Consumer Saving is not Usually a Bad Thing

The small headline on the 4:30 PM Tuesday edition of the WSJ on my iPad said, “Rising Income is Saved, Not Spent.” I know this will sound like a quibble, but bear with me. It is a quibble, but the headline encourages a popular misconception with possible adverse policy implications.

The thing is that the national income accounts and logic assure that total spending equal total income. I know that sounds Keynesian, but sometimes Keynesianism is a simply a matter of arithmetic. (The reverse is not necessarily the case.) Consumer spending need not (and should not in a healthy economy) equal total income. Ideally, robust consumer saving (disposable income minus consumption spending) would exist and be used to finance domestic investment spending. The subtraction from total spending caused by consumer saving would be made up by additional domestic investment, and the better mix of consumption and investment spending would generate more economic growth.

Only the headline writer got it wrong; the author of the article said, correctly, that “Incomes ticked up in December, but consumers chose to save instead of spend . . .” He went on to say that the personal saving rate went up from 3.5 percent in November to 4 percent in December. In other words, he didn’t say rising income wasn’t spent; it just wasn’t spent by consumers.

Now, about the quibble factor:  While peddling on a stationary bike at the gym today, I saw (not heard) an advocate of food stamps arguing that each dollar the government spent on food stamps would generate, as I recall, one dollar and eighty cents worth of economic activity. He was obviously talking about the Keynesian multiplier, which in its simplest form is the reciprocal of the marginal propensity to save. The more that is saved out of each dollar (the less consumed) the smaller the multiplier and the smaller the impact of government spending. In that limited context, saving is a bad thing. It is a leakage from the circular flow of income. That is the context assumed by the headline writer.

One doesn’t have to reject Keynesian arithmetic to point out that money not spent by consumers may find its way to investors and be spent by them. A leakage (saving) from the flow of income may well finance the injection of spending (investment) by non-consumers. As long as the economic climate is conducive to investor confidence, consumer saving is a good thing, not a bad thing.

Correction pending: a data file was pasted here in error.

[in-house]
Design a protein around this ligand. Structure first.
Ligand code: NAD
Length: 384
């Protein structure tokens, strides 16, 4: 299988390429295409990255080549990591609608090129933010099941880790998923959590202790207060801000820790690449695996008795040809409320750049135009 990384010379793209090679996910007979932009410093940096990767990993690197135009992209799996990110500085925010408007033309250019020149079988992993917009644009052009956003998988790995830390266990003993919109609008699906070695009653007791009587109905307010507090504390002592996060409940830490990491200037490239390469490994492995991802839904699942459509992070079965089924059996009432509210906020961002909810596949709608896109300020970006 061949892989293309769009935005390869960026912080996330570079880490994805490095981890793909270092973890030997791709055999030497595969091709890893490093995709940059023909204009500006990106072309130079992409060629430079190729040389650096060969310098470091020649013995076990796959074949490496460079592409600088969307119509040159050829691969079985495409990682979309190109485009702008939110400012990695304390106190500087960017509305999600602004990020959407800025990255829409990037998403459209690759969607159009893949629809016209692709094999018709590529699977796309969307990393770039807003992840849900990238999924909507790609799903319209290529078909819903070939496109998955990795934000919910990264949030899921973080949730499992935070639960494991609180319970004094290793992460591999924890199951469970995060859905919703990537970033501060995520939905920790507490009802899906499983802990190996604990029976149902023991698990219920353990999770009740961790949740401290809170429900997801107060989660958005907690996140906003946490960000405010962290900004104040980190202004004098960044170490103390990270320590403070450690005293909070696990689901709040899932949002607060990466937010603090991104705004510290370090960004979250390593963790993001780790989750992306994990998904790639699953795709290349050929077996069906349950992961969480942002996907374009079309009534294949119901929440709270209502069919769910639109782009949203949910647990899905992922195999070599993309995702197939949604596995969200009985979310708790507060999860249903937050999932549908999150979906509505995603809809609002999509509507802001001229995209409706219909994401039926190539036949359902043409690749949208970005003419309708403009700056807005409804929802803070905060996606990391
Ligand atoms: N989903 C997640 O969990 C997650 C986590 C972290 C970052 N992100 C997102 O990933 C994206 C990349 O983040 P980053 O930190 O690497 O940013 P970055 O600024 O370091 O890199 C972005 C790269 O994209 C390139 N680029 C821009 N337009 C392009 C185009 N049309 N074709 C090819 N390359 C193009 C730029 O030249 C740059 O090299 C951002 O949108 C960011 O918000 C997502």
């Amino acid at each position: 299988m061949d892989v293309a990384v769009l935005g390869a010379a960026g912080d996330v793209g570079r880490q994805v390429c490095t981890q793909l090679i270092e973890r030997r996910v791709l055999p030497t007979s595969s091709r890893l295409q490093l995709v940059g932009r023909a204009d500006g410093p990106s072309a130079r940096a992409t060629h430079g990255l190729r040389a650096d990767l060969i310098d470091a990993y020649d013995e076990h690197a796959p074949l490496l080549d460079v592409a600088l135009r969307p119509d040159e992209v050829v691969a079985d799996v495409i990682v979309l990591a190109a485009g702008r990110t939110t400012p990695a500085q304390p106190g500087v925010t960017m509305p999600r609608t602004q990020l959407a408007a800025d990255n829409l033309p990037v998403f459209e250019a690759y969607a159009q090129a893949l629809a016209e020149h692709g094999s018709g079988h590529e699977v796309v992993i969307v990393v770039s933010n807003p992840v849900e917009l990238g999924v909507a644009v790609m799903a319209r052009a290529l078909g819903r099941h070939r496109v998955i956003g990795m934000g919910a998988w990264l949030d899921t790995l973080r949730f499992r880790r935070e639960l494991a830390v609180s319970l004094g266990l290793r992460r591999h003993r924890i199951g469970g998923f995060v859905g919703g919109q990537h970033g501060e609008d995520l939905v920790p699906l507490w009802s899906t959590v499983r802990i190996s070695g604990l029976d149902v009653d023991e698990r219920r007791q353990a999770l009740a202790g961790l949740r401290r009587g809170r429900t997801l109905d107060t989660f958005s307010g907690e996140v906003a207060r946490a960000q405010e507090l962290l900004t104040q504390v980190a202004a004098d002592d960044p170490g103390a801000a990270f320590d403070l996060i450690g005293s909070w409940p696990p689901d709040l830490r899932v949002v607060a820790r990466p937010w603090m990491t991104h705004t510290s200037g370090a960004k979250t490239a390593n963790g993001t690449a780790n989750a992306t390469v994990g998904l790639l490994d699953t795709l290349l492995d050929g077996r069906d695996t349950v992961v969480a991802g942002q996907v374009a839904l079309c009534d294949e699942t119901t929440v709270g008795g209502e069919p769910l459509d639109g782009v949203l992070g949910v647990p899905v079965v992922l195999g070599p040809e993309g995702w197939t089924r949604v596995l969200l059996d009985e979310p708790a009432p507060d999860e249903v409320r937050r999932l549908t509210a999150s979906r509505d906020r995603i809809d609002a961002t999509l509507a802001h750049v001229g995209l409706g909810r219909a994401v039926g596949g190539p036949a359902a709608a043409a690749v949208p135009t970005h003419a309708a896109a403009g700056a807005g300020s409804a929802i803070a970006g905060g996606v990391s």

More on the quibble factor: recent debate has centered on the renewal of the payroll tax cut to stimulate (consumer) spending through higher take-home pay. Proponents argue, probably correctly, that the additional stimulus would be greater than the amount of the increased take-home pay. But you would get that stimulus plus more by cutting the employer share of the payroll tax because that would directly reduce the cost of hiring workers. Tax cuts on employees will stimulate consumer spending through the multiplier effect; so would tax cuts on employers hiring those employees plus the added incentive effects.

Of course, to analyze the economic impact of food stamps, you would also need to consider the marginal propensities to consume and save of the taxpayer (or future taxpayer) versus those of the recipients. Of course, again, there is more to a decision about food stamps that their overall economic impact. I assume that the charitable argument for food stamps would trump economic arguments. Proponents of food stamps pointing to multipliers aren’t making their best arguments.

If you tax consumer spending, you get less of it. If you tax hiring workers, you get less of it.

Headline writers should consult more closely with their authors.


Comments (2)

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  1. Benjamin Cole says:

    I think what is missing from this blog is a serious discussion of Market Monetarism. You are drifting off into quibbles.

  2. Troy Camplin says:

    In fact, if you save it in a savings account, it can be invested by the bank. And if you save it by investing, well, that’s more direct. Of course, the economy is driven by creation of capital, which requires investment. Spending it rather than investing it results in no new goods, and the economy spirals downward.